It started with mobile telephones.  Cellular technology has been around in identifiable form since the late 1970s.  The original analog signals worked on specific frequencies and didn’t have great coverage.  It wasn’t until the second generation of this technology moved entirely to digital transmission with superior encoding that the technology really started to take off.  In order to differentiate this new technology from the older analog version, many people made sure to market it as “second generation”, often shortening this to “2G” to save syllables.  When it came time to introduce a successor to the second generation personal carrier service (PCS) systems, many carriers started marketing their offerings withe moniker of “3G”, skipping straight past the idea of third generation offering in favor of the catchier marketing term.  AT&T especially loved touting the call quality and data transmission rate of 3G in advertising.  The 3G campaigns were so successful that when the successor to 3G was being decided, many companies started trying to market their incremental improvements as “4G” to get consumers to adopt them quickly.

Famously, the incremental improvement to high speed packet access (HSPA) that was being deployed en masse before the adoption of Long Term Evolution (LTE) as the official standard was known as high speed packet downlink access (HSPDA).  AT&T petitioned Apple to allow their carrier badge on the iPhone to say “4G” when HSPDA was active.  Even though speeds weren’t nearly as fast as the true 4G LTE standard, AT&T wanted a bit of marketing clout with customers over their Verizon rivals.  When the third generation iPad was released with a true LTE radio later on, Apple made sure to use the “LTE” carrier badge for it.  When the iOS 5 software release came out, Apple finally acquiesced to AT&T’s demands and rebranded the HSPDA network to be “4G” with a carrier update.  In fact, to this day my iPhone 4S still tells me I’m on 4G no matter where I am.  Only when I drop down to 2G does it say anything different.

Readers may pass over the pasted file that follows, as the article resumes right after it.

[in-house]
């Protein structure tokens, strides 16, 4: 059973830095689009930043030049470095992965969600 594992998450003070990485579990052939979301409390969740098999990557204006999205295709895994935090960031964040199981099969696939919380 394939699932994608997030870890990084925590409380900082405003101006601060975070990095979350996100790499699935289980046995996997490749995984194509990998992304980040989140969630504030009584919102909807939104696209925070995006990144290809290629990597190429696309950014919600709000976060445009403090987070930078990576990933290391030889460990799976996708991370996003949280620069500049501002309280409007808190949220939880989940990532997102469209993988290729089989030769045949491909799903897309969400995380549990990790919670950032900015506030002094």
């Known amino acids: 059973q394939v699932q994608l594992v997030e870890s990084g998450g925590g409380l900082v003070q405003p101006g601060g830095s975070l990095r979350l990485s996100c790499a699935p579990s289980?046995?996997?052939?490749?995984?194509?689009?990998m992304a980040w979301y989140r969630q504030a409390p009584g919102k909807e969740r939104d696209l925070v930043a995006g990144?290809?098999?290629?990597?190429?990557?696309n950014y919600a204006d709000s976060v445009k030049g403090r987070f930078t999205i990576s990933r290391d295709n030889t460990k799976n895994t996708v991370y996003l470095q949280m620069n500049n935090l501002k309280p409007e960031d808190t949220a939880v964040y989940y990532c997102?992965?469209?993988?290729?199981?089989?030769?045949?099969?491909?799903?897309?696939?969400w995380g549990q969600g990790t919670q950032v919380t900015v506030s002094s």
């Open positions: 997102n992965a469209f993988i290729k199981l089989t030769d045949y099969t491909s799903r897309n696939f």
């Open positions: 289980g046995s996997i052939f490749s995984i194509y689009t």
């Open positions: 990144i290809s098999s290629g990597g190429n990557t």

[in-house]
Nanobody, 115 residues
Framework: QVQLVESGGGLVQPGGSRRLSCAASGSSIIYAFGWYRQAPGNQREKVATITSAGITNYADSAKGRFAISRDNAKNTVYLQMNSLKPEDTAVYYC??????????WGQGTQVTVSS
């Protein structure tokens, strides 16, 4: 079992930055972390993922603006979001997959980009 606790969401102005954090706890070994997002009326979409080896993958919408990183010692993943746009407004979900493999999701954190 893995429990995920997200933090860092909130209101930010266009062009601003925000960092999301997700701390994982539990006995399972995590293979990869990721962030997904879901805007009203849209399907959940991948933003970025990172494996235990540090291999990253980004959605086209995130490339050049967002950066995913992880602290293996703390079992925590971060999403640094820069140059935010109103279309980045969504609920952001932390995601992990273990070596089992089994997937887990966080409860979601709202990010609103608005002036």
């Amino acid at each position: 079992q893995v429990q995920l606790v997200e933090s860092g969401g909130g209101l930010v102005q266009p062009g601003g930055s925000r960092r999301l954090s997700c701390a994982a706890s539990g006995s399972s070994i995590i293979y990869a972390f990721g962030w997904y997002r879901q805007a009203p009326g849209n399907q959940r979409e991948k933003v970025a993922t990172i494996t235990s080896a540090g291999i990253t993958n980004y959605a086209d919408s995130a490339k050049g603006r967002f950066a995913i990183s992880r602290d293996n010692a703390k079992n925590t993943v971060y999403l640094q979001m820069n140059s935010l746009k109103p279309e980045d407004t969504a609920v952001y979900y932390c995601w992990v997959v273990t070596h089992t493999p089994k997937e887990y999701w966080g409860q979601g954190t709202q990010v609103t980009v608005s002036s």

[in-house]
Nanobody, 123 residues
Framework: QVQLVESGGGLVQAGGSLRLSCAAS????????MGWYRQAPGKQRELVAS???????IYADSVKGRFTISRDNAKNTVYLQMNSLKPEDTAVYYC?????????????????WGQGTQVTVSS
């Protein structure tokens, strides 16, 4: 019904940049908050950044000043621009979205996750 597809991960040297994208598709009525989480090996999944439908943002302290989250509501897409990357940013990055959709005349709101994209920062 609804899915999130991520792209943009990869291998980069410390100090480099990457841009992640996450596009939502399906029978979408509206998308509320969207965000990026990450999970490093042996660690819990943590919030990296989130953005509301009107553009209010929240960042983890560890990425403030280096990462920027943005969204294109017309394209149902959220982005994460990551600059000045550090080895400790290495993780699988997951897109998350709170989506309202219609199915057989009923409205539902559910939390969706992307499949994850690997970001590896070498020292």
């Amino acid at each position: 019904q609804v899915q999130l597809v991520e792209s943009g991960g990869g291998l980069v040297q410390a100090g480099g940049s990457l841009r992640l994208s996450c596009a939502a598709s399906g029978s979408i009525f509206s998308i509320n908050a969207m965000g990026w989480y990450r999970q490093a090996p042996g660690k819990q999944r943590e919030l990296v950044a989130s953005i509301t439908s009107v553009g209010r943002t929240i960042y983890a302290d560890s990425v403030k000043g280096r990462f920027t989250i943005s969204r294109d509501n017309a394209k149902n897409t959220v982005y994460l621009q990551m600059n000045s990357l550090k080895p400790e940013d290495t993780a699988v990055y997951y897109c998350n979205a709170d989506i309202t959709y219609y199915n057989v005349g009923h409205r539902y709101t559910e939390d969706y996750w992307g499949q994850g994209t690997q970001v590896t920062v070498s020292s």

The fact that we have started referring to carrier standards a “xG” something means the marketing is working.  And when marketing works, you naturally have to copy it in other fields.  The two most recent entries in the Generation Marketing contest come from Broadcom and Brocade.  Broadcom has started marketing their 802.11ac chipsets as “5G wireless.”  It’s somewhat accurate when you consider the original 802.11 standard through 802.11b, 802.11g, 802.11n, and now 802.11ac.  However, most wireless professionals see this more as an attempt to cash in on the current market trend of “G” naming rather than showing true differentiation.  In Brocade’s case, they recently changed the name of their 16G fibre channel solution to “Gen 5” in an attempt to shift the marketing message away from a pure speed measurement (16 gigabit) especially when starting to put it up against the coming 40 gigabit fibre channel over Ethernet (FCoE) offerings coming from their competitor at Cisco.